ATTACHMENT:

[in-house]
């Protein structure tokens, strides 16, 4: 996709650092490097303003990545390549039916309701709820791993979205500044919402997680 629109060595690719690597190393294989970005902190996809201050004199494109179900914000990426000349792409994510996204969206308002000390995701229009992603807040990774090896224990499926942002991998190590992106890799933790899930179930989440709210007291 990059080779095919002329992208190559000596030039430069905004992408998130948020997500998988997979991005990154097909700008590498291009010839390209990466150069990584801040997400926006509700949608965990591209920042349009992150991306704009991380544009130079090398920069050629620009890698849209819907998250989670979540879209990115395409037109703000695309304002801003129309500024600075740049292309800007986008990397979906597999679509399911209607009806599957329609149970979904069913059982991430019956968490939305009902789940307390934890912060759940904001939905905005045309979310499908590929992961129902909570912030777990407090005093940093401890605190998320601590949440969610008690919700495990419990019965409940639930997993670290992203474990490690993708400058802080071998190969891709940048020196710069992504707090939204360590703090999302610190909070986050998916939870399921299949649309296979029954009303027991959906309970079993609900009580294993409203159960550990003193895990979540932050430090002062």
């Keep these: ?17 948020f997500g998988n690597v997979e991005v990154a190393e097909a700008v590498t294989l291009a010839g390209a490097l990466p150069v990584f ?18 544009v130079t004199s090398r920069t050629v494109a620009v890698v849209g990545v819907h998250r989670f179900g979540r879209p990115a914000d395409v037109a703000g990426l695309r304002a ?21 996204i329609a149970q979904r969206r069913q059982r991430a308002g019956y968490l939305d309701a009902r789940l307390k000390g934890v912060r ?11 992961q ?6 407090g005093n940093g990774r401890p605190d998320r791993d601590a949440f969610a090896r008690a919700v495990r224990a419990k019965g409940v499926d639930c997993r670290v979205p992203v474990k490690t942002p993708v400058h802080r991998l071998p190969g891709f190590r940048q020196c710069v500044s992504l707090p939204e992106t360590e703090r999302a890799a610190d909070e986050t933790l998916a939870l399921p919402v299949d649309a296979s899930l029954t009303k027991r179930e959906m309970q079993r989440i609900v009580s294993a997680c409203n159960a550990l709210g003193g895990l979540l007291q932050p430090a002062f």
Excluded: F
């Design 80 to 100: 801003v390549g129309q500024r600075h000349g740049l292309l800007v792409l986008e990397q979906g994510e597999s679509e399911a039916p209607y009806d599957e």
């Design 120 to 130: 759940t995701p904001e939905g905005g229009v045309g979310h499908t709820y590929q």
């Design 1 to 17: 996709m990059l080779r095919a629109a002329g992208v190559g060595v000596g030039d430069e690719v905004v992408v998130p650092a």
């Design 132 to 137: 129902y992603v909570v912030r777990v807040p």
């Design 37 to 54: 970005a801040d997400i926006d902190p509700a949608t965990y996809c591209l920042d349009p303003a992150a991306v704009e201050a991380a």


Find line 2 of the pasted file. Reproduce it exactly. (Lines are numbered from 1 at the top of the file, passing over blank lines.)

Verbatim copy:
């Protein structure tokens, strides 16, 4: 996709650092490097303003990545390549039916309701709820791993979205500044919402997680 629109060595690719690597190393294989970005902190996809201050004199494109179900914000990426000349792409994510996204969206308002000390995701229009992603807040990774090896224990499926942002991998190590992106890799933790899930179930989440709210007291 990059080779095919002329992208190559000596030039430069905004992408998130948020997500998988997979991005990154097909700008590498291009010839390209990466150069990584801040997400926006509700949608965990591209920042349009992150991306704009991380544009130079090398920069050629620009890698849209819907998250989670979540879209990115395409037109703000695309304002801003129309500024600075740049292309800007986008990397979906597999679509399911209607009806599957329609149970979904069913059982991430019956968490939305009902789940307390934890912060759940904001939905905005045309979310499908590929992961129902909570912030777990407090005093940093401890605190998320601590949440969610008690919700495990419990019965409940639930997993670290992203474990490690993708400058802080071998190969891709940048020196710069992504707090939204360590703090999302610190909070986050998916939870399921299949649309296979029954009303027991959906309970079993609900009580294993409203159960550990003193895990979540932050430090002062």